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File:Hypatiainagora 5483.jpg

This is supposed to be a 65 year old.

In movies and television shows, an actress often tends to look younger than the age her character is supposed to be. When the character is middle-aged or older, this is a case of Hollywood Old. A character can be "supposed to be" a certain age in two ways: Either an age is stated outright in the story, or the character is a historical person.

Hollywood Old activates in three slightly different ways.

  1. The actress is far younger than the character is at any point in the story.
  2. The character starts out in an age bracket appropriate for the actress. However, as the years go by (or are skipped by time travel, whether in universe or in the meta sense) and the character ages, hardly anything is done to make the actress look older.
  3. The actress and the character are technically the same age, but the actress looks much younger because of Botox, plastic surgery et cetera. The character is a real woman who looked her age or a fictional character inhabiting a time, place, or economic situation in which such things aren't available.

When a Hollywood Old character has teenage or adult children, the age difference may become a Playing Gertrude.

Characters that are Older Than They Look should not be considered Hollywood Old, as long as the difference between looks and actual age is explained in one way or another. Improbable Age can be considered Hollywood Old when not justified in one way or another.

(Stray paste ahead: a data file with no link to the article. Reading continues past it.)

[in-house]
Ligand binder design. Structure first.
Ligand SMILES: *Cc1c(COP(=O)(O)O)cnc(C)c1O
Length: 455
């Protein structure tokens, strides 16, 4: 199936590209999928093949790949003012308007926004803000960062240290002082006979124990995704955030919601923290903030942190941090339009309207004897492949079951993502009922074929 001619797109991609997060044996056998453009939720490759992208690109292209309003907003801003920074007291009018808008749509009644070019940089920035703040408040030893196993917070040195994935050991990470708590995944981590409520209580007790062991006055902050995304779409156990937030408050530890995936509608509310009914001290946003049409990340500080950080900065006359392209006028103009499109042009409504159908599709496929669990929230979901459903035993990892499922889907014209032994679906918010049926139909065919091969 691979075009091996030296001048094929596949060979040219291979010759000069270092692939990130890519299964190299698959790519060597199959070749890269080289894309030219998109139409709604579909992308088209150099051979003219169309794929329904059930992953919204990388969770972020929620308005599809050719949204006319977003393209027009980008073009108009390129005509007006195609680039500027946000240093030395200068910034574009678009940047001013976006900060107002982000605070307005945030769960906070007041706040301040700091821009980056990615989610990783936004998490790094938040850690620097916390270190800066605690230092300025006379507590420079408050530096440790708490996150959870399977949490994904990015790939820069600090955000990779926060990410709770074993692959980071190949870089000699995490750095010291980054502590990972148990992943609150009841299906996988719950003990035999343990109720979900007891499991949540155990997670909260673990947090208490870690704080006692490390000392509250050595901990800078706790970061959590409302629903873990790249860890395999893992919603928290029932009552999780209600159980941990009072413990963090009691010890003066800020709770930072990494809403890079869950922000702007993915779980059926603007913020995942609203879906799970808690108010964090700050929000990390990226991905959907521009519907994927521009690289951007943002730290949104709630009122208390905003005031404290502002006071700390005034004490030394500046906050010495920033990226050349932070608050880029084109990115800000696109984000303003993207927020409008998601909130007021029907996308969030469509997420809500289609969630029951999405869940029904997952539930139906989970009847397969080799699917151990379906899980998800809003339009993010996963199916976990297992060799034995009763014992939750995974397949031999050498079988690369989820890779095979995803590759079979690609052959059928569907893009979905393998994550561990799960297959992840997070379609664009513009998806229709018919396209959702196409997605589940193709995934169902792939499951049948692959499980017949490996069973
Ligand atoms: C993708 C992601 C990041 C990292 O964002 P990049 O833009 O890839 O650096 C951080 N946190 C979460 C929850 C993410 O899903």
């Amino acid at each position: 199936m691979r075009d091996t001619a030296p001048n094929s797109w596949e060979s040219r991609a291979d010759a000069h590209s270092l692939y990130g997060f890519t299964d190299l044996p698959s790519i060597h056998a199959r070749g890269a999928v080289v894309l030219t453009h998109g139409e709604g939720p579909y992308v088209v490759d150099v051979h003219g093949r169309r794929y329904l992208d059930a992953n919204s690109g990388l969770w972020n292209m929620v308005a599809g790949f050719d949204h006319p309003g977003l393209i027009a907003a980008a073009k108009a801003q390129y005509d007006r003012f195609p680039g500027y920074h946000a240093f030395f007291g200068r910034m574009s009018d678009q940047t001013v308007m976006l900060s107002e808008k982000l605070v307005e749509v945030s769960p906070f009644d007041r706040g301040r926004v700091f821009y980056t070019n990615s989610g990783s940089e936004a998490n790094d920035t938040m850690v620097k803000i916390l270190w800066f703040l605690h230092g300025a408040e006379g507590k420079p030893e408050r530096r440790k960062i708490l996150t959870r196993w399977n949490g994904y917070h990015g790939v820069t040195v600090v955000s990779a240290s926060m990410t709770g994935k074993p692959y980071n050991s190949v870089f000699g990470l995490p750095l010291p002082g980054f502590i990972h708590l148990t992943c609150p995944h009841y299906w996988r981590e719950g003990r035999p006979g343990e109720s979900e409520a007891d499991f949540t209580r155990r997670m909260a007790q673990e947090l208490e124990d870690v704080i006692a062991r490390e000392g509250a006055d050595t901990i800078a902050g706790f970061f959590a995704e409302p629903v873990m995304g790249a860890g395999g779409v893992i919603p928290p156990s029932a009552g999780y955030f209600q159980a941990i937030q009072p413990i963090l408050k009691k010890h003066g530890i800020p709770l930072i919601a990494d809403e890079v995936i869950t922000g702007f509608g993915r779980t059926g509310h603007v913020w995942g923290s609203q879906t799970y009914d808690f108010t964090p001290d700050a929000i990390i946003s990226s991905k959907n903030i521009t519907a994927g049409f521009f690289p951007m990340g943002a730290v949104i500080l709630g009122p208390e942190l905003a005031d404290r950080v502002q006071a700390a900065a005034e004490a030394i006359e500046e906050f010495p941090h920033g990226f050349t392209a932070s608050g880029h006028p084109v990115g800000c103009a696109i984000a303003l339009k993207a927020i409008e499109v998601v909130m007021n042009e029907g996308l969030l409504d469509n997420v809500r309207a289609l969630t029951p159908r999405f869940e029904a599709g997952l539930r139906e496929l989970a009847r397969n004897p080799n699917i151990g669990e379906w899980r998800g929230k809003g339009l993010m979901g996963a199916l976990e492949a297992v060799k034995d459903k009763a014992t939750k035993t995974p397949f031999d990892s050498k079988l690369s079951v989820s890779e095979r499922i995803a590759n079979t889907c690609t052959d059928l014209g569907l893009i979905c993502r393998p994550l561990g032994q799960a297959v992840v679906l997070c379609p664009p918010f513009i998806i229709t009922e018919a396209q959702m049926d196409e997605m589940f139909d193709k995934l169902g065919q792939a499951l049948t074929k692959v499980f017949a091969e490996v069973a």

In itself, Hollywood Old isn't a gendered trope. However, like Hollywood Homely, Hollywood Old seems to be mostly restricted to actresses. Hollywood Old is the reverse of Dawson Casting, where a young character is played by an actor who both is and looks somewhat older than the character is supposed to be. See also Absurdly Youthful Mother. Compare Hollywood Thin and similar Hollywood Tropes. Compare White Dwarf Starlet to see what Hollywood reserves for actual old actresses. Contrast Age Lift, where a story is changed so that the character will fit a (usually male) actor's age.

Examples of Hollywood Old include:


  • Agora: Even in the first scenes, the character Hypatia ought to already be much older than the actress. By the end of the movie, the character was 60 or 65, while the actress still looked like 25 to 35.
    • Given various sources of her birthdate, Hypatia might be as young as 45. Rachel Weisz was 39. Also, the film took aesthetic license in liberal dosage, so Hypatia might even be canonically in her 30s in the movie.